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Are you saying that set to 10MP, the K10D file sizes are actually smaller for the same subject? That doesn't seem right at all, so I'd say, forget worrying about focus or any other issues and figure out what menu setting is causing the files to be smaller. No way shol a 10MP JPEG file be smaller than a 6MP one unless you've got a very low quality setting on the former.
03-14-2010, 09:24 AM   #12
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QuoteOriginally posted by Marc Sabatella Quote
Are you saying that set to 10MP, the K10D file sizes are actually smaller for the same subject? That doesn't seem right at all, so I'd say, forget worrying about focus or any other issues and figure out what menu setting is causing the files to be smaller. No way shol a 10MP JPEG file be smaller than a 6MP one unless you've got a very low quality setting on the former.
Now this is the other issue I have.

When I put a 1gb card in the slot and set everything to 10mp top quality jpegs then the camera tells me I have room for 207 pictures or appox 4.5 to 5mb per image which is what I'd expect. However, the jpegs I have from it are around 2.5 to 3mb which indicates that it is set on the 6mp setting when most assuredly it is not according to the menu. The jpegs from the K20 tend to be slightly smaller than those from the 6mp ist.

Would a firmware update sort this problem or is it a Pentax repair job do you think?
03-14-2010, 09:37 AM   #13
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Just as a matter of interest these people were the 'official' event photographers -

www.hoofprints.iel

Click on the All Ireland Hunter Trials 13/3/10 galleries to view their images of the day.

They use Canon 1 or 5D's, not sure which.
03-14-2010, 01:21 PM   #14
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QuoteOriginally posted by Marc Sabatella Quote
Are you saying that set to 10MP, the K10D file sizes are actually smaller for the same subject? That doesn't seem right at all, so I'd say, forget worrying about focus or any other issues and figure out what menu setting is causing the files to be smaller. No way shol a 10MP JPEG file be smaller than a 6MP one unless you've got a very low quality setting on the former.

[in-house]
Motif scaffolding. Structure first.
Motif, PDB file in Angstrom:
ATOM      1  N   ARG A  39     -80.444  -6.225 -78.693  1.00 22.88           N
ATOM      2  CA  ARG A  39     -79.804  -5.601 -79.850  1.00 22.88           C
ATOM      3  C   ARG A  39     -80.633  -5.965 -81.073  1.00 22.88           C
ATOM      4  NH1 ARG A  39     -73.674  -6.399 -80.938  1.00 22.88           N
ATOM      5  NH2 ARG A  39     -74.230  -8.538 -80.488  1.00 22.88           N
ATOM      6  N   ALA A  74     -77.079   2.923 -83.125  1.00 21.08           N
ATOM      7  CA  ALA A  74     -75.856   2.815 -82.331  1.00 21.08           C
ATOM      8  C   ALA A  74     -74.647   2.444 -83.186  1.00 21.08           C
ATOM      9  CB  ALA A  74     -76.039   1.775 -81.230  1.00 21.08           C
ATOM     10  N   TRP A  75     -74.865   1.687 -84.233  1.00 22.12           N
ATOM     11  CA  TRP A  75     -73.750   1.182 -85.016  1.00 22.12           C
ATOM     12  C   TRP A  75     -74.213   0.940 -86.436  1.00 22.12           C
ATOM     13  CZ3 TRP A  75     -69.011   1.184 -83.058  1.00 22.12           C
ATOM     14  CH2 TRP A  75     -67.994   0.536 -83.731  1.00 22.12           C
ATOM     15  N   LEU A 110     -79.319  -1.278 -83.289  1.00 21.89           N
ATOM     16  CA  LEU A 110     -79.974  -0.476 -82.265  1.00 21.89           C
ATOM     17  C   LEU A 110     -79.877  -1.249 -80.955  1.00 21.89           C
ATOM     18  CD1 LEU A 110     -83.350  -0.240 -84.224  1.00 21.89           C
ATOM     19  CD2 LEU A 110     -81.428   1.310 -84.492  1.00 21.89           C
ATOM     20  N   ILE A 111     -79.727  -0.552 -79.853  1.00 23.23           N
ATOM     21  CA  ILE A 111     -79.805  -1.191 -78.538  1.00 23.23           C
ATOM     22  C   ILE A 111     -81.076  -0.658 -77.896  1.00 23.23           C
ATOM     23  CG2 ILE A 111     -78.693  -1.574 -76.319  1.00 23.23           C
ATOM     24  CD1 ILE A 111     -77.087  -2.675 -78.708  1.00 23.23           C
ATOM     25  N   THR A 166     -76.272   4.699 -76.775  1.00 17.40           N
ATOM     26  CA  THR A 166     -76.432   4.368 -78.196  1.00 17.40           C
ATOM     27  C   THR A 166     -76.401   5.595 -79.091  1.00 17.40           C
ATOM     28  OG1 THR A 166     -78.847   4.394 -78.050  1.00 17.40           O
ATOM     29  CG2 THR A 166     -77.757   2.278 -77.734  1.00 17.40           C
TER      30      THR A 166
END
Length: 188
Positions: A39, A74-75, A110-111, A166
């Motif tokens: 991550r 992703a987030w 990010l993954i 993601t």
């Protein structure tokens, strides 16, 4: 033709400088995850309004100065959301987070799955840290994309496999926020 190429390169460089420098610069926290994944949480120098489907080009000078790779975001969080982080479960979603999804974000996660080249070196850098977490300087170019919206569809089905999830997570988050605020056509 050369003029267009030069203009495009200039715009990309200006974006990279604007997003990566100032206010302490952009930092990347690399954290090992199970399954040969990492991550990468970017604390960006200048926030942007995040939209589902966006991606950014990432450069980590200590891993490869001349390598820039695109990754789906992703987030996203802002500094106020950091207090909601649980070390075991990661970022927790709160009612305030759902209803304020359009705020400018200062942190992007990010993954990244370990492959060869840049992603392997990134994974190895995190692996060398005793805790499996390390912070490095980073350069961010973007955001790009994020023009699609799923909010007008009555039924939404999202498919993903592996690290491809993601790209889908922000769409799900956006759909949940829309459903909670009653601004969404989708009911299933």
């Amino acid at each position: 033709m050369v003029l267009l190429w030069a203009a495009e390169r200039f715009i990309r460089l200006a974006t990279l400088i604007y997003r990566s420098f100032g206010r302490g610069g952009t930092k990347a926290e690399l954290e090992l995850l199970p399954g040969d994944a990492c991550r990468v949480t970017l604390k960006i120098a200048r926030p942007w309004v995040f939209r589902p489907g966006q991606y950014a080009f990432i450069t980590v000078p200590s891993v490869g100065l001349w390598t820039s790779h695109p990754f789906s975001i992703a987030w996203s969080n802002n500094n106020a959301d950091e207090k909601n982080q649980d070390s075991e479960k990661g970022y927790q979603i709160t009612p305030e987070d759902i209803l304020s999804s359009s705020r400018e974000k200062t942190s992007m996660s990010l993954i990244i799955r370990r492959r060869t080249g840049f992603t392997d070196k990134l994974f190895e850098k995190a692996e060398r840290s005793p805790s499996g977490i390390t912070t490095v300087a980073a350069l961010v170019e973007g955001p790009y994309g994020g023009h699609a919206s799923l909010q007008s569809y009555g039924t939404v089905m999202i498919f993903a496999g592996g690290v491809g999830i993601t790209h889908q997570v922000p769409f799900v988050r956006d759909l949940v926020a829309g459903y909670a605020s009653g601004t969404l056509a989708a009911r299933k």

A 10MP JPG can be smaller than a 6MP JPG under some circumstances. For example, if the 10MP picture has a bunch of blown highlights or a lot of uniform colours, while the 6MP picture has lots of detail and is very busy. But that's about the only time I can see that being the case. However, I think that may be the case here since so much of these pictures are dominated by a white horse.

QuoteOriginally posted by justinr Quote
The saturation, sharpness and contrast are at their default settings and I would agree that they look a little washed out on the monitor but looked quite fine on the LCD (this was the first time I was using it at an event so it was a bit of a shakedown cruise).
That may be true, but the fact is, the picture of the horse just standing there clearly has some blown highlights. I'm not talking about the sky, but the horse itself. Regardless of what the histogram said, the exposure there was wrong and detail was lost. It would be interesting to see what other pictures you've taken with this camera that don't have a white horse in them.

Also, I just noticed your filenames start with an underscore (which implies you have the camera set to AdobeRGB), but the posted pictures load up as sRGB. Was there a colour space conversion involved? Or did you re-assign the colour space intentionally? Or did whatever software you use strip out the colour space information and replace it with its own?

It really sucks that there's no EXIF data, that would answer a lot of questions.

edit: the colour space thing might explain all the blown highlights that weren't blown when looking at the histogram.
03-14-2010, 01:36 PM   #15
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Justinr, I must admit that I am not impressed with those photos - they are either out of focus, over-exposed or look like films with fading color due to age. Also, on the other hand, I am also not impressed with the official photographs taken by "so called" professionals.

There appears to be many different things going wrong that it is tough to get a handle on it without EXIF data.